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Rancher Branded A Racist; RT Editor-In-Chief: "Ukraine RIP"; Chicago's Top Cop: Murder Rate Is Down

Aired April 24, 2014 - 16:30   ET


DANA BASH, CNN CHIEF CONGRESSIONAL CORRESPONDENT: So this is the kind of thing that just spreads like wildfire and it is very hard for politicians in the Republican Party who don't want to go down this road to stay away from it.

JAKE TAPPER, CNN HOST: Brian -- yes, go ahead, Brian.

BRIAN STELTER, CNN SENIOR MEDIA CORRESPONDENT: By the way, the media has already moved on. We're seeing lots of coverage now of a land grab possibly in Texas instead. So they will quickly move on to this broader topic of government overreach and move away on from Bundy.

TAPPER: Well, that's what I wanted to ask what is the next move for conservative media who had been making this a big case, making this a big story, an example of big government violating the rights of the little guy just to move on or don't you think they also have to do what Sean Hannity did and just completely condemn the statements.

STELTER: Maybe no surprise, but Fox News has barely talked about the story today, but we did see Sean Hannity on his radio show this afternoon distance himself. We also saw Greta Van Susteren, another Fox News anchor who covered it quite intensely right away this morning on her blog say that she completely disagrees with his comments. We'll see a little more of that, but then the narrative will quickly move, as it already has in some way to this broader issue of government over reach, government land grabs. They can find other cases to focus on and pretty much forget about Clive Bundy.

BASH: And just on that, Sean Hannity, I was listening to his radio show just before coming on, he did not move off of this topic of land grabs. He was very clear in saying he actually said people from "The New York Times," people from the liberal media, I know you're listening to see what I'm going to say about Clive Bundy. I'm going to talk about that, but then I'm going to continue to talk about this issue and he did continue to do that after he strongly condemned the racist comments.

TAPPE: Dana Bash and Brian Stelter, thank you so much.

When we come back, President Obama taking in the sites, having a little fun on his visit to Japan, but with potential war looming in Ukraine, is his trip a little too much pomp and not enough circumstance? Stay with us. That's next.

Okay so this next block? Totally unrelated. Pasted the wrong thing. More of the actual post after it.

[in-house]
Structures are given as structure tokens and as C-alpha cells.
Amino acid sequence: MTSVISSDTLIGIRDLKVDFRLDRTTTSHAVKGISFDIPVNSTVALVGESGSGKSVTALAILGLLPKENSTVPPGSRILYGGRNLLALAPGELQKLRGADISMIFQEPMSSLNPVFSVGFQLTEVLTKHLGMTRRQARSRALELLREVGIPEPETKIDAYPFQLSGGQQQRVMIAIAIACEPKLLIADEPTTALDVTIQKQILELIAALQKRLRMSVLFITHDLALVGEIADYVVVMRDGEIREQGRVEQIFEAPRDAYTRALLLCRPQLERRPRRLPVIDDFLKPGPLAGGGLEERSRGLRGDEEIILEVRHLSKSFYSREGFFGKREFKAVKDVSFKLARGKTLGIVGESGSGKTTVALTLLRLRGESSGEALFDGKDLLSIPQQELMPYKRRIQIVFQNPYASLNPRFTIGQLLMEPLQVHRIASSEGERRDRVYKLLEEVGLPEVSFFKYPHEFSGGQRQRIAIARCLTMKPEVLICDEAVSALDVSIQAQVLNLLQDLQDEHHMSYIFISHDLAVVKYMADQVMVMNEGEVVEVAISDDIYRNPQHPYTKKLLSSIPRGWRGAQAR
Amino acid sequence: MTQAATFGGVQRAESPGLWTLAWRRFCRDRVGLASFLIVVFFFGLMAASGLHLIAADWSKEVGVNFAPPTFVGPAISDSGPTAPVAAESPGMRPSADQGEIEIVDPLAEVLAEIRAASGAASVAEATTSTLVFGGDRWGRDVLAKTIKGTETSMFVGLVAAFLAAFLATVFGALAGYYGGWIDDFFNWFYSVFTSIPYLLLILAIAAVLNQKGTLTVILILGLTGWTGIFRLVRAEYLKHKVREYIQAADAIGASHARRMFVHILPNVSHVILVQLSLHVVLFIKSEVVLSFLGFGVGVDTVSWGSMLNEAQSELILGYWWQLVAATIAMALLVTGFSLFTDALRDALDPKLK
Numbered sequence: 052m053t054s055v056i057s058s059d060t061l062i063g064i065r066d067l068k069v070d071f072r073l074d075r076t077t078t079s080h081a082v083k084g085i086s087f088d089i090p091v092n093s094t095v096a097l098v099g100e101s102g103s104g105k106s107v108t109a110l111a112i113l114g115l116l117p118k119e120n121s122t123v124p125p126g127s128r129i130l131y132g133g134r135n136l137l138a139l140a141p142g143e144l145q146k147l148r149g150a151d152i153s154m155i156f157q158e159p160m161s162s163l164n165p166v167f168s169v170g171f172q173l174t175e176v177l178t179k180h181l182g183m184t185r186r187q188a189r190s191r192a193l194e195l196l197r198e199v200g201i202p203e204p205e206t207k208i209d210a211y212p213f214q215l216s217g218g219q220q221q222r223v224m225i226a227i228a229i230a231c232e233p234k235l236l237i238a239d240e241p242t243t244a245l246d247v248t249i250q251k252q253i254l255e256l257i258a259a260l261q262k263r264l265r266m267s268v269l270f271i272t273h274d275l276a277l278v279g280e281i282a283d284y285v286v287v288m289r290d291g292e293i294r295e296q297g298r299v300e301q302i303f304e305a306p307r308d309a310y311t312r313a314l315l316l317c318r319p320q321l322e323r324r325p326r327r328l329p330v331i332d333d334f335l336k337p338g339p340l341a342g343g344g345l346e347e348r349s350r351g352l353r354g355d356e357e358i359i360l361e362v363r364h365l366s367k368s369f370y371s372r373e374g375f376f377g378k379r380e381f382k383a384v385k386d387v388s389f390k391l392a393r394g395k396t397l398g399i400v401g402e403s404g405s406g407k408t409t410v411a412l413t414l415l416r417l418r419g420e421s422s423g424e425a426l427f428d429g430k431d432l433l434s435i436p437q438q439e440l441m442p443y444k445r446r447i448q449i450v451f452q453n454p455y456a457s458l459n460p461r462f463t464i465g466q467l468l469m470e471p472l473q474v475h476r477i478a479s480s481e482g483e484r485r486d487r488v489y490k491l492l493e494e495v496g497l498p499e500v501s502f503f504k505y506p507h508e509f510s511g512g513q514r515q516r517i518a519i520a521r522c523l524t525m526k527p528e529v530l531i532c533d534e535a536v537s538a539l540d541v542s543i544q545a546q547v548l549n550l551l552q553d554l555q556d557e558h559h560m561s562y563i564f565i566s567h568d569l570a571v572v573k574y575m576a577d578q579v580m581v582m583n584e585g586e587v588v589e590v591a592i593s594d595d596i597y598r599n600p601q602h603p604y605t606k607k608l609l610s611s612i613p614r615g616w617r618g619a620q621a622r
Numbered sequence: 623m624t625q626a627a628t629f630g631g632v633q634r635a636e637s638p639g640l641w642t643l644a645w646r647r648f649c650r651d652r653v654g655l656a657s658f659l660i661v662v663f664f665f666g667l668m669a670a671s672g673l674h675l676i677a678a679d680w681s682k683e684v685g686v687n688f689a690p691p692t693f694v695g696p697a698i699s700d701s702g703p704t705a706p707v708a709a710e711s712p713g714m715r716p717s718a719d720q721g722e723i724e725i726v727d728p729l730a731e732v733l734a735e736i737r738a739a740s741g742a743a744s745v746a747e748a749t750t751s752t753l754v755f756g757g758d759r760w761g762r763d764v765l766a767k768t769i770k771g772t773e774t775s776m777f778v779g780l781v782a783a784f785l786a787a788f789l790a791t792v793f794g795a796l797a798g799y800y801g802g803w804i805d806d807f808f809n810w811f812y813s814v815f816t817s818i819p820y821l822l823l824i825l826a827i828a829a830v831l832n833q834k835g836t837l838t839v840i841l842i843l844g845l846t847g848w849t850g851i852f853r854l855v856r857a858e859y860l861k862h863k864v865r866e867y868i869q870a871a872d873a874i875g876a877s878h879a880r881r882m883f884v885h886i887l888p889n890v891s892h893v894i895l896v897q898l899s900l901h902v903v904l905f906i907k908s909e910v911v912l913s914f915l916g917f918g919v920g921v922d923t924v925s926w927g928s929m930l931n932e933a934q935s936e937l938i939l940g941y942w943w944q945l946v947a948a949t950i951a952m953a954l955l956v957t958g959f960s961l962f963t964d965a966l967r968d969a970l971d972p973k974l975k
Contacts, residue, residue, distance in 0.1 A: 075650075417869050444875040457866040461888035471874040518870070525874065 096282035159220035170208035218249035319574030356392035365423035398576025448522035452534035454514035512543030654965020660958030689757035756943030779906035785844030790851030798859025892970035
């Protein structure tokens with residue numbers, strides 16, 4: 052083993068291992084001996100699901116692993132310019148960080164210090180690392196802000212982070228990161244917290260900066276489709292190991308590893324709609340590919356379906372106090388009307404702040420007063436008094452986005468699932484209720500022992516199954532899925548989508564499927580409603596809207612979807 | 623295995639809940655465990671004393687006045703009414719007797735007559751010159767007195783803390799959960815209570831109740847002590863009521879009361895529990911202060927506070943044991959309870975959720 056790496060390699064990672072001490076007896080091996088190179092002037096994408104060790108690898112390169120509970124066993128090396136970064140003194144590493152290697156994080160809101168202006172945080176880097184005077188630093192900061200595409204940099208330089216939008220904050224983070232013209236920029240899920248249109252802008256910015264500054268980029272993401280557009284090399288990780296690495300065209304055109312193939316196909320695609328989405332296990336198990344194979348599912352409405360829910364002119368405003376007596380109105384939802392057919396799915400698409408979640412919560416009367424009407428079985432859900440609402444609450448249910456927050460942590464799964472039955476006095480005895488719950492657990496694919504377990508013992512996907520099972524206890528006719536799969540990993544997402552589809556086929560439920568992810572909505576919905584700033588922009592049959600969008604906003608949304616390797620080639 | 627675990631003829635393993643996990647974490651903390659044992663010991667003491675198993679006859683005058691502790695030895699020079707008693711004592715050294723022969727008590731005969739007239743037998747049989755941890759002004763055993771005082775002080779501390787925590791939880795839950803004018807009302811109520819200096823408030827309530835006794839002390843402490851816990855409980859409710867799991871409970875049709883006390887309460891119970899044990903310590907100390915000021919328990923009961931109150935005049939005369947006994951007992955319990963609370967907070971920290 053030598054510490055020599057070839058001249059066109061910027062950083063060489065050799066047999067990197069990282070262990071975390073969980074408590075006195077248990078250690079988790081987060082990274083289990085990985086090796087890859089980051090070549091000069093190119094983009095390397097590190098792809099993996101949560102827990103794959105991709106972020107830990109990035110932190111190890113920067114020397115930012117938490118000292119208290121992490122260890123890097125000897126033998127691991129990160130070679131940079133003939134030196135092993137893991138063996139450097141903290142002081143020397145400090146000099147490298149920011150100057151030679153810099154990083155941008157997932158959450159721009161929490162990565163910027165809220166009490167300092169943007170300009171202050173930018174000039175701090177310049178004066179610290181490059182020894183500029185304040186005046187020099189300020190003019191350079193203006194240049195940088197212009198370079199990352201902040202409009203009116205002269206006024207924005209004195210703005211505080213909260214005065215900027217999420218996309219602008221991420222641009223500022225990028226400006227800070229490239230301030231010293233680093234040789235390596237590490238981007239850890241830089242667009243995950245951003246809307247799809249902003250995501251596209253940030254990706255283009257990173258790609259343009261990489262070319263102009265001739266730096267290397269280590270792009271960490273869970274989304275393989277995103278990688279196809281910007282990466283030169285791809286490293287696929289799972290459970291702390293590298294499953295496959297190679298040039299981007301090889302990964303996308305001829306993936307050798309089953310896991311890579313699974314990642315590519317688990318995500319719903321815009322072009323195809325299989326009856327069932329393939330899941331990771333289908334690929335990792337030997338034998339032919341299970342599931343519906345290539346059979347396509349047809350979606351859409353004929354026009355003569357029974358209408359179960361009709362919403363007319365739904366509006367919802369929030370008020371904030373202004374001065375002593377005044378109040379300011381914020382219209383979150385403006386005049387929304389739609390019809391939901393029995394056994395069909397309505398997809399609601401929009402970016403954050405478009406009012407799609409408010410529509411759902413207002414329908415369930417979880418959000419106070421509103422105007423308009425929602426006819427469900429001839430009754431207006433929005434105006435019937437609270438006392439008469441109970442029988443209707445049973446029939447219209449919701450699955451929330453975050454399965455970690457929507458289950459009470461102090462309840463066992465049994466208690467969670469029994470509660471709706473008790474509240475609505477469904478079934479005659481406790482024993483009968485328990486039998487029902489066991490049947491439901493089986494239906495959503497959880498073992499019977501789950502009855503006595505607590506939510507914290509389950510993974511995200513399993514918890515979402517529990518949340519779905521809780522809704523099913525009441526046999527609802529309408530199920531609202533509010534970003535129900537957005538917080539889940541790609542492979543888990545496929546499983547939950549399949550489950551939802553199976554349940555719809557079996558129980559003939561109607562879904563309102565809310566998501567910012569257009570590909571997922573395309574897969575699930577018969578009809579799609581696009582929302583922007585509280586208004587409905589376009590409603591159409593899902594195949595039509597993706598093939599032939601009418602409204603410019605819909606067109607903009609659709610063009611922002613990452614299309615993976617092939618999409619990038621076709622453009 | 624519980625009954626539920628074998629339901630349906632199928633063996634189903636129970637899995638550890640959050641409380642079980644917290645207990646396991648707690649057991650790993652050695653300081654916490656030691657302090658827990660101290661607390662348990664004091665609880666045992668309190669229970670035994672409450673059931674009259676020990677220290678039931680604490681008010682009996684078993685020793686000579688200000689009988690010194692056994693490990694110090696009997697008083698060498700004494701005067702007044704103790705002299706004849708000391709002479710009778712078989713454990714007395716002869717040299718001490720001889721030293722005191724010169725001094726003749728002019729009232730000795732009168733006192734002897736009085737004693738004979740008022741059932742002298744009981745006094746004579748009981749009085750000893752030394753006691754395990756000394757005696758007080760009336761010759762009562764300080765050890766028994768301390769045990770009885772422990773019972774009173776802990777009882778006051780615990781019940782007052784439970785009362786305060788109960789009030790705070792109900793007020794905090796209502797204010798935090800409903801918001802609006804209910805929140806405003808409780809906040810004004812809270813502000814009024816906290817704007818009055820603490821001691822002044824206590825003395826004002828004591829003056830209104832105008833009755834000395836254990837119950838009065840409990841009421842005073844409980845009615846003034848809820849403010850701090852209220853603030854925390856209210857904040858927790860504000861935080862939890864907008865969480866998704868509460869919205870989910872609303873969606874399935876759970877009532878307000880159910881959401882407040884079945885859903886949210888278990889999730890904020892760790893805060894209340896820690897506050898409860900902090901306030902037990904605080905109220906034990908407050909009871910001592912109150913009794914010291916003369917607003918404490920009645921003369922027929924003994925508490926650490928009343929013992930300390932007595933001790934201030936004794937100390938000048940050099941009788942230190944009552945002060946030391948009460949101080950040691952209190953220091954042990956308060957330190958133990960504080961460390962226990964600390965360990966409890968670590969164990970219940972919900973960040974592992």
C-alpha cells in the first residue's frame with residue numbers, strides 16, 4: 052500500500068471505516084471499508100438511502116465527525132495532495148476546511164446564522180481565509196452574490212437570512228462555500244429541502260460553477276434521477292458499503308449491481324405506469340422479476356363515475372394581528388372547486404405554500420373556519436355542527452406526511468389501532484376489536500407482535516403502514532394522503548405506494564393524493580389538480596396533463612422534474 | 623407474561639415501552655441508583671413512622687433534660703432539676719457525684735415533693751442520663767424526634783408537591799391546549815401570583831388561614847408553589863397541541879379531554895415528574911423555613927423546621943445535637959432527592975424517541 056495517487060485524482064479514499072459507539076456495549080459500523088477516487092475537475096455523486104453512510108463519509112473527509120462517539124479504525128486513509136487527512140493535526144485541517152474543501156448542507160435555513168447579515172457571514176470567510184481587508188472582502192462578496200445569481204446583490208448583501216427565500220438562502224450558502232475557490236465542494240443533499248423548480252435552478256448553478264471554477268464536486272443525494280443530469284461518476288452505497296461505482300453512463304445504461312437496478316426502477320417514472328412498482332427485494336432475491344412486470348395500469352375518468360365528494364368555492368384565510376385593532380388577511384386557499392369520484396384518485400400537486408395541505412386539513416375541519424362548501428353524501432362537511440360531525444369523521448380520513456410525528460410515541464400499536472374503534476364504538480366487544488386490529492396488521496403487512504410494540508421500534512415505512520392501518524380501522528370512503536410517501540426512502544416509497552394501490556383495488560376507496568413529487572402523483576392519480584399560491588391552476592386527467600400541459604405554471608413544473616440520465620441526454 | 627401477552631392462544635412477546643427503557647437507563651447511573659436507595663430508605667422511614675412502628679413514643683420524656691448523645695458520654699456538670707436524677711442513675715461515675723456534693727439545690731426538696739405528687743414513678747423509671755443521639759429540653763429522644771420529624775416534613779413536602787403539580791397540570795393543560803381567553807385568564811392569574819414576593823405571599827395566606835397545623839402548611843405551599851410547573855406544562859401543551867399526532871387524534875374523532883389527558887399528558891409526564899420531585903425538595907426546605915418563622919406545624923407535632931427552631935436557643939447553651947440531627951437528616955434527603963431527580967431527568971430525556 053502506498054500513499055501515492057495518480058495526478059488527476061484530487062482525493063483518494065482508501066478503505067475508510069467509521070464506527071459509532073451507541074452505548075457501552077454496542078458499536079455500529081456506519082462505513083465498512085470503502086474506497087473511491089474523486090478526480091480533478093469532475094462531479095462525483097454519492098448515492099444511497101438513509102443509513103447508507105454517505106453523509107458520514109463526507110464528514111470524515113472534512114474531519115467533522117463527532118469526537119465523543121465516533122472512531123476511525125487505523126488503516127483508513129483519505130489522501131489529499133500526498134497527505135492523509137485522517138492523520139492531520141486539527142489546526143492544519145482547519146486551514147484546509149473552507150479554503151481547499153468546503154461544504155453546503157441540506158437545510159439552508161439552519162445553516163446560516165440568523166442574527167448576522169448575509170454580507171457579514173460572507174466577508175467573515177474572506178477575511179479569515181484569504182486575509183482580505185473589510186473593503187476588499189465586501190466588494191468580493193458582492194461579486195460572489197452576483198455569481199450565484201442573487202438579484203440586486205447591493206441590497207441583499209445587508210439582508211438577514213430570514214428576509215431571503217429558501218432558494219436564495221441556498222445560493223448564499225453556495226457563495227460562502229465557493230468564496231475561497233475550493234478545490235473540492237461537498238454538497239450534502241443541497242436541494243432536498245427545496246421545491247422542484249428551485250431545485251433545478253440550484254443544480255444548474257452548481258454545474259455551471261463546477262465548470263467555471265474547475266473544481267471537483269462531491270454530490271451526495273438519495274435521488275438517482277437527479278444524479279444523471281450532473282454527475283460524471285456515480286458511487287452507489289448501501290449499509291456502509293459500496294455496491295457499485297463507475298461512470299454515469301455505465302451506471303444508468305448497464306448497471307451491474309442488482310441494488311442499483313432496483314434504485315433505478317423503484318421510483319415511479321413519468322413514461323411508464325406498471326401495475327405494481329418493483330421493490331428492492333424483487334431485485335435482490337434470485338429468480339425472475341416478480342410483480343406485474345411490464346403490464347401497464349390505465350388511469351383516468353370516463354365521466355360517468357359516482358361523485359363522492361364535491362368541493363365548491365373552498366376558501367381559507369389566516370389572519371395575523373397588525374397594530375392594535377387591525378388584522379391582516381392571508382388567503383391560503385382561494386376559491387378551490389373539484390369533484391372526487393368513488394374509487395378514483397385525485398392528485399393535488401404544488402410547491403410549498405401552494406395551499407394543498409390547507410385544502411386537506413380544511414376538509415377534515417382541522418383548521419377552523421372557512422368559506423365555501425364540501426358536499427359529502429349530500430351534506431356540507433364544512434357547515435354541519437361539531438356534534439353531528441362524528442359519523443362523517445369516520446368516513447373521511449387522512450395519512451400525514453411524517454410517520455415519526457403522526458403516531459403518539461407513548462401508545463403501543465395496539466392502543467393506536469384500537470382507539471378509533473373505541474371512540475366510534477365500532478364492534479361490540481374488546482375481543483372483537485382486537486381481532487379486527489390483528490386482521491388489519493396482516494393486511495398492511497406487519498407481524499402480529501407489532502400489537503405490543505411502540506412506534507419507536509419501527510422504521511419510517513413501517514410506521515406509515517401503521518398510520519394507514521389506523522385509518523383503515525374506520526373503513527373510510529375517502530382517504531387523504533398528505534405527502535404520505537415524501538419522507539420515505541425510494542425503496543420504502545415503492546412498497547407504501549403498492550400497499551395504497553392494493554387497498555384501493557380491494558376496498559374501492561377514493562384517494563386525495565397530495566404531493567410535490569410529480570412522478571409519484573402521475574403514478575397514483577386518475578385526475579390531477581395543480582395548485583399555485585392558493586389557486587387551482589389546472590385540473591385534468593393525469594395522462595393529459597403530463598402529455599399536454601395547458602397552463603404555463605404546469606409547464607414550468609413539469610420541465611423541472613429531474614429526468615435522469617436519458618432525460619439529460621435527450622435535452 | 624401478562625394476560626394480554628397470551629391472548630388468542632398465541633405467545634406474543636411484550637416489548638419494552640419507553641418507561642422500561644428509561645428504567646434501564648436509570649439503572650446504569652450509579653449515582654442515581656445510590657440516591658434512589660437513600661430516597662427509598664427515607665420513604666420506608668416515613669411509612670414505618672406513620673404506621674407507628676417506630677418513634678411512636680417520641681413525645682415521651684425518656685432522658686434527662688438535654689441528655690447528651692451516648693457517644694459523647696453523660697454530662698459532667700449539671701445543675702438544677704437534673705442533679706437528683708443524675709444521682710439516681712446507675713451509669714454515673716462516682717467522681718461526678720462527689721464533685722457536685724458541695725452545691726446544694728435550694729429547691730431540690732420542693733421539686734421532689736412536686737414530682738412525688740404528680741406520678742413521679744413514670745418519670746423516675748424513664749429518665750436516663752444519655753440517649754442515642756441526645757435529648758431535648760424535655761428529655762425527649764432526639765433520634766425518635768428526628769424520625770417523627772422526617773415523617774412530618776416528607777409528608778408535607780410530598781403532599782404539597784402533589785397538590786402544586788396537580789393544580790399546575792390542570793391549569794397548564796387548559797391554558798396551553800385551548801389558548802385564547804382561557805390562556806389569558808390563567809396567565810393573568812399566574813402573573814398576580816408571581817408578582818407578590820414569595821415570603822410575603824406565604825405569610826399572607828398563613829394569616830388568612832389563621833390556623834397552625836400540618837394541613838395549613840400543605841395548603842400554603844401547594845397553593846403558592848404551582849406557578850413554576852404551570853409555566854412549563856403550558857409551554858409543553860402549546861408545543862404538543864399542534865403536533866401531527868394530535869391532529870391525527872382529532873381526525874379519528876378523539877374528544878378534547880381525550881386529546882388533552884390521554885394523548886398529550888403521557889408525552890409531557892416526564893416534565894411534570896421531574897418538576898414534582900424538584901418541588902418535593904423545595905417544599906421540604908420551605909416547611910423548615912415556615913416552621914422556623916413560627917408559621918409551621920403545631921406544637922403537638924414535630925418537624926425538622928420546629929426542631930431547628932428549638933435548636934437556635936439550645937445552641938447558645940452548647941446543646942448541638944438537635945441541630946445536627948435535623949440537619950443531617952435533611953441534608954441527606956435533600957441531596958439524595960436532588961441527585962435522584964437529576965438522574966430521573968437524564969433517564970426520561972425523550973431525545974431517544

TAPPER: Welcome back to THE LEAD. In "World News," there is no way the U.S. is going to stand by while one country takes land from another. President Obama declared this on his trip overseas, but he wasn't talking about Russia snatching Crimea from Ukraine. He was reassuring the Japanese that the U.S. will not allow China to seize disputed territory, the Senkaku Islands, from Japan's control.

Our own Jim Acosta asked the president whether he was backing himself into a corner during a news conference at the state guest house in Tokyo.


JIM ACOSTA, CNN SENIOR WHITE HOUSE CORRESPONDENT: How does that draw another red line that you would have to enforce?

BARACK OBAMA, PRESIDENT OF THE UNITED STATES OF AMERICA: The treaty between the United States and Japan preceded my birth. So obviously this is not a red line that I'm drawing. It is the standard interpretation over multiple administrations of the terms of the alliance.


TAPPER: President Obama has long held plans to pivot his foreign policy focus to Asia and away from the morass in the Middle East and the old world precepts of Europe. That's what this trip is about. Of course, no tour of Asia is complete without the trip to the uncanny valley. The president fielding a penalty kick from a robot while in Japan.

Some critics, such as "Washington Post" columnist, Dana Milbank, is taking issues with these optics. Milbank writes in today's "Post," the photo-op nature of the trip risk contributing to a perception that Obama's Asian policy and his foreign policy in general is similarly itinerant. He is seeing the sights getting some good pics and moving along, more tourist than architect of world affairs.

While the president is in Asia for a whole week, this is what Ukraine looks like now. A road block in flames. Ukrainian forces killing five militants and clashes at pro-Russia's strong hold while Russia announces yet another round of military exercises. This video was captured near Ukraine's border, convoy of Russian military vehicles on the move.